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Sensitivity of the Greenland Ice Sheet to interglacial climate forcing: MIS 5e Versus MIS 11

Research output: Contribution to journalArticle

  • Rima Rachmayani
  • Matthias Prange
  • Dan J Lunt
  • Emma Stone
  • Michael Schulz
Original languageEnglish
Article numberPALO20447
Pages (from-to)1089-1101
Number of pages13
JournalPaleoceanography and Paleoclimatology
Issue number11
Early online date3 Nov 2017
DateAccepted/In press - 5 Sep 2017
DateE-pub ahead of print - 3 Nov 2017
DatePublished (current) - Nov 2017


The Greenland Ice Sheet (GrIS) is thought to have contributed substantially to high global sea levels during the interglacials of Marine Isotope Stage (MIS) 5e and 11. Geological evidence suggests that the mass loss of the GrIS was greater during the peak interglacial of MIS 11 than MIS 5e, despite a weaker boreal summer insolation. We address this conundrum by using the three dimensional thermomechanical ice sheet model Glimmer forced by Community Climate System Model version 3 output for MIS 5e and MIS 11 interglacial time slices. Our results suggest a stronger sensitivity of the GrIS to MIS 11 climate forcing than to MIS 5e forcing. Besides stronger greenhouse gas radiative forcing, the greater MIS 11 GrIS mass loss relative to MIS 5e is attributed to a larger oceanic heat transport toward high latitudes by a stronger Atlantic meridional overturning circulation. The vigorous MIS 11 ocean overturning, in turn, is related to a stronger wind-driven salt transport from low to high latitudes promoting North Atlantic Deep Water formation. The orbital insolation forcing, which causes the ocean current anomalies, is discussed.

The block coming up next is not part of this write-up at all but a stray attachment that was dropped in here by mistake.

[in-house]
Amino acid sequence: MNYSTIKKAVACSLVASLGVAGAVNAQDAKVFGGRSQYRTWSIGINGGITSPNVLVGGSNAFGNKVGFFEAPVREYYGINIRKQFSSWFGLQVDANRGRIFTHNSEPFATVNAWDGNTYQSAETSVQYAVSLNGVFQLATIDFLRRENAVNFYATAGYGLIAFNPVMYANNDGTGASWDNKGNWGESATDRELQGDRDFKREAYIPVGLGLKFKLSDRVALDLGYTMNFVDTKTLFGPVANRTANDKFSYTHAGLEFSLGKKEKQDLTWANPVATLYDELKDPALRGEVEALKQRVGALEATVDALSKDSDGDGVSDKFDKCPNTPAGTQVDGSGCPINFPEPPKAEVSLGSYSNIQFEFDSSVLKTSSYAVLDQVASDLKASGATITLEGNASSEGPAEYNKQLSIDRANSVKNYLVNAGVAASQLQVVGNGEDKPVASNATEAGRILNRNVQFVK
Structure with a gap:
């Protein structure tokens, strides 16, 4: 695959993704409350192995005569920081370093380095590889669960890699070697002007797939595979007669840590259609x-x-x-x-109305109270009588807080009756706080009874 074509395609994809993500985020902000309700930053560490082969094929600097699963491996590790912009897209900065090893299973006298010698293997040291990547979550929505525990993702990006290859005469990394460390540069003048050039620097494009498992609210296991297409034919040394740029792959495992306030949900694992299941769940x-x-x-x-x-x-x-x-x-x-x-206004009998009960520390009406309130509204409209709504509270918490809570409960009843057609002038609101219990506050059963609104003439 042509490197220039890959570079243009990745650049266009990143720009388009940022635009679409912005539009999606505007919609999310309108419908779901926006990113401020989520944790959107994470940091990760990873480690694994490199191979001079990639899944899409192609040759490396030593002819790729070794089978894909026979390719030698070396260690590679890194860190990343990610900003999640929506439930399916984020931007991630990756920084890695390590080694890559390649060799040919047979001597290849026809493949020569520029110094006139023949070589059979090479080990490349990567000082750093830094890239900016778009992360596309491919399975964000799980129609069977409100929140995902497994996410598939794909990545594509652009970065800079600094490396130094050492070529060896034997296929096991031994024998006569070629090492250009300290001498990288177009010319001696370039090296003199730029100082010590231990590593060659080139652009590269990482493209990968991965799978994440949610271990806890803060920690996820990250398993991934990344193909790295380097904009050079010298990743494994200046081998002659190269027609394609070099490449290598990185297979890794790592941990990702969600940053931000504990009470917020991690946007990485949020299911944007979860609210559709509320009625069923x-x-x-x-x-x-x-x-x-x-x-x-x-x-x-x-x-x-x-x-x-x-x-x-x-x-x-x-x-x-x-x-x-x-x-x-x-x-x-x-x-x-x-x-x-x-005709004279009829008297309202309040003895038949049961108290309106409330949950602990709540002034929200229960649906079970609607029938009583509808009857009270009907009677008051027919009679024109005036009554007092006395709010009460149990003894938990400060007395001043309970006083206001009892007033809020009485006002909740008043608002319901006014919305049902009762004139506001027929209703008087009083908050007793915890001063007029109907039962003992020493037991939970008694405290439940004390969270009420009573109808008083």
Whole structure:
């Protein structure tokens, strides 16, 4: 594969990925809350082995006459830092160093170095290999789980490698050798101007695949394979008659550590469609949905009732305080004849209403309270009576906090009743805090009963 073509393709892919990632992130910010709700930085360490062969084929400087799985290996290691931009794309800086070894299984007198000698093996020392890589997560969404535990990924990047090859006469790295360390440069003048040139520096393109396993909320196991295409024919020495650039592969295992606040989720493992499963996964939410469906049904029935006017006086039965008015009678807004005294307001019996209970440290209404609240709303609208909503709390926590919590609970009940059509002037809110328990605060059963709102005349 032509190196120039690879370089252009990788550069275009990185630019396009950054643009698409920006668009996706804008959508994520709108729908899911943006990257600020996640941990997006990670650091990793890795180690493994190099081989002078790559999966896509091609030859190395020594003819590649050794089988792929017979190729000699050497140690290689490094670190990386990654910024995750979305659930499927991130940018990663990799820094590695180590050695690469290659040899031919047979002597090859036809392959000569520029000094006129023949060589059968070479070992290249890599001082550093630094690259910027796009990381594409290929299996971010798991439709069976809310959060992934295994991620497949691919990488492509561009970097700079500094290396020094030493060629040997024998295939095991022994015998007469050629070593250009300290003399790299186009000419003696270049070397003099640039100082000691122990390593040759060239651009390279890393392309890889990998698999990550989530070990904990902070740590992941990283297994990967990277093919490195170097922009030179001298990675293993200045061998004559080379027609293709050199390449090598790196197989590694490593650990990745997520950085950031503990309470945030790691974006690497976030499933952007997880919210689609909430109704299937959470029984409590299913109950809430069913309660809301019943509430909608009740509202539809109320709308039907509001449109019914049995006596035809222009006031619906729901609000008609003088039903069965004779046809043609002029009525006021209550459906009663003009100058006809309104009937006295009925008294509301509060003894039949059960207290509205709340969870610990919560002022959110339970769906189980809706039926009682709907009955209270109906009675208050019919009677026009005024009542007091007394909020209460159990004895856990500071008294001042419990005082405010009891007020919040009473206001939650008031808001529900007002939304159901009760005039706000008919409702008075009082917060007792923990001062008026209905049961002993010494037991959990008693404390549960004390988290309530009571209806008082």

Research areas

  • Greenland, ice sheet, Marine Isotope Stage, climate modeling, interglacial, insolation

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